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Sign of the times

Editorial

 


When small talk between two guys outside a sports event can be interpreted as a terrorist threat, you know we’re not living in our fathers’ time.

No, we live in an age that seems to be increasingly dominated by both fear and the unwavering conviction that we all have the absolute right to be kept safe from every threat, two conditions that often seem to rub up against each other hard enough to cause sparks.

While the perception that we have a constitutional right to be kept safe, even from our own stupidity, has been fertilized by the courts for decades, the fear part has really taken hold over the last 14 years. Heaven help the poor public servant in the age of 9/11 who might be seen as not pandering hard enough to victims of either malady, especially if the scenario involves children.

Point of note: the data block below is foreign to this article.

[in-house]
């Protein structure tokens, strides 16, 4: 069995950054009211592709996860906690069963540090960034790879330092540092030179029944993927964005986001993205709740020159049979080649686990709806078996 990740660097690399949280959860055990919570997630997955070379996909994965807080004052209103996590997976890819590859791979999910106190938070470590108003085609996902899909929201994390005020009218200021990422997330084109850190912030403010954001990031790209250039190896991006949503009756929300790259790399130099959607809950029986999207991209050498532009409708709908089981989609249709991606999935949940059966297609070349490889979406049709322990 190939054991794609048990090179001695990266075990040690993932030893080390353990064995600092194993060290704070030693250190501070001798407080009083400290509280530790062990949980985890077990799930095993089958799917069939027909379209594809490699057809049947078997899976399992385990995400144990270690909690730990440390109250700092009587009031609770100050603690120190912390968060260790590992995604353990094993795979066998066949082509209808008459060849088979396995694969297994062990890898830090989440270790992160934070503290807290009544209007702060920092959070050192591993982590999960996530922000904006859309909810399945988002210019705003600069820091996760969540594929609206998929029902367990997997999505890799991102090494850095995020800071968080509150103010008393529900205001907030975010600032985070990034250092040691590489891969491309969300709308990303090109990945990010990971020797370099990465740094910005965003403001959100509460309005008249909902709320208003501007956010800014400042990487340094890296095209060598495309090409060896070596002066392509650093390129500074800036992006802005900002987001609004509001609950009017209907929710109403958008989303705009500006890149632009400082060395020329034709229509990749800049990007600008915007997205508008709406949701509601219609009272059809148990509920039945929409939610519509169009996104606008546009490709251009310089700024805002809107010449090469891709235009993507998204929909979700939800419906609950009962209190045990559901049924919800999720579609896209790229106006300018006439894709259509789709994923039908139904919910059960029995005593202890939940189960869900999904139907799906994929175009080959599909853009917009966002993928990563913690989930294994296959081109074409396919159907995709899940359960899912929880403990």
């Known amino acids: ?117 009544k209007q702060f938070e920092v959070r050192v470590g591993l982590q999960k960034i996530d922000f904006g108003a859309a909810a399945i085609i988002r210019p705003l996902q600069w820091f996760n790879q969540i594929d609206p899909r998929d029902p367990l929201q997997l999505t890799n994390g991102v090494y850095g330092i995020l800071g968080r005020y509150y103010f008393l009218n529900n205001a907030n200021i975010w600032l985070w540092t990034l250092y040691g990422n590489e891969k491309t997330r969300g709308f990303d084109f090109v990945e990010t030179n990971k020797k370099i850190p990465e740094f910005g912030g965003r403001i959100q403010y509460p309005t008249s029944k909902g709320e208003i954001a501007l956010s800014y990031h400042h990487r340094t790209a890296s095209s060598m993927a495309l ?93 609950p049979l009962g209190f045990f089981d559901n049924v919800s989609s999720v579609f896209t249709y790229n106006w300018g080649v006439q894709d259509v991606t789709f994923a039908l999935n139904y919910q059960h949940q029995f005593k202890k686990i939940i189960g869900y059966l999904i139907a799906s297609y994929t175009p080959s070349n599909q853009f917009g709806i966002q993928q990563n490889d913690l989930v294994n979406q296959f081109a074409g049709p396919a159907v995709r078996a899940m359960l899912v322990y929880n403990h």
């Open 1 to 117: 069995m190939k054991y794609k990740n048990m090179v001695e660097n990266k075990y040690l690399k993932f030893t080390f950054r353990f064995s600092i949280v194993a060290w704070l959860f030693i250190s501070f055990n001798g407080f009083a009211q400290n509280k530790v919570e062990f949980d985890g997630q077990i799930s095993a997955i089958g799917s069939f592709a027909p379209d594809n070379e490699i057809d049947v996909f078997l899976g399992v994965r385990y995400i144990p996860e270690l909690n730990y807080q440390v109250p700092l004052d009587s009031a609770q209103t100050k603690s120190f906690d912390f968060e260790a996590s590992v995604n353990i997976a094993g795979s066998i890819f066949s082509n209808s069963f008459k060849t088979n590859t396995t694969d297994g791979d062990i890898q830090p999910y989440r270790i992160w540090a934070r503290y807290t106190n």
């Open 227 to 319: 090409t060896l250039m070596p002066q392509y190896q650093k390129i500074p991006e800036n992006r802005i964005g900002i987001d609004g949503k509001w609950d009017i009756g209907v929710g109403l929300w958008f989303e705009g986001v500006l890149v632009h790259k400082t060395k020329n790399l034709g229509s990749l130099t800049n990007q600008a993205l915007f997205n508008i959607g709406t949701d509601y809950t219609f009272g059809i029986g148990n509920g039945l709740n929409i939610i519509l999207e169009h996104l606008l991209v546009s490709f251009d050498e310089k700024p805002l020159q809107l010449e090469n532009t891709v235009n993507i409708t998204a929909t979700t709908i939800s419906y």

Such was the case last Friday, when school officials decided to stay calm and continue to educate children. See the story on the front page. Some parents thought that because police were looking into a rumor of a possible threat, they all should have been notified immediately. Because the kids were never in danger, officials thought, everybody should just keep doing their jobs — teachers teaching, students learning. Instead, they simply sent home a reassuring note to explain what had happened, and they posted it on Facebook.

Some panicked parents responded with vitriol-filled posts about the ineptitude of those who had kept their kids safely behind locked doors instead of robo-calling the parents of 600-plus kids with a panic-inspiring recorded message.

I don’t know about yours, but I know what my father would have thought.

Scott Hunter

editor and publisher

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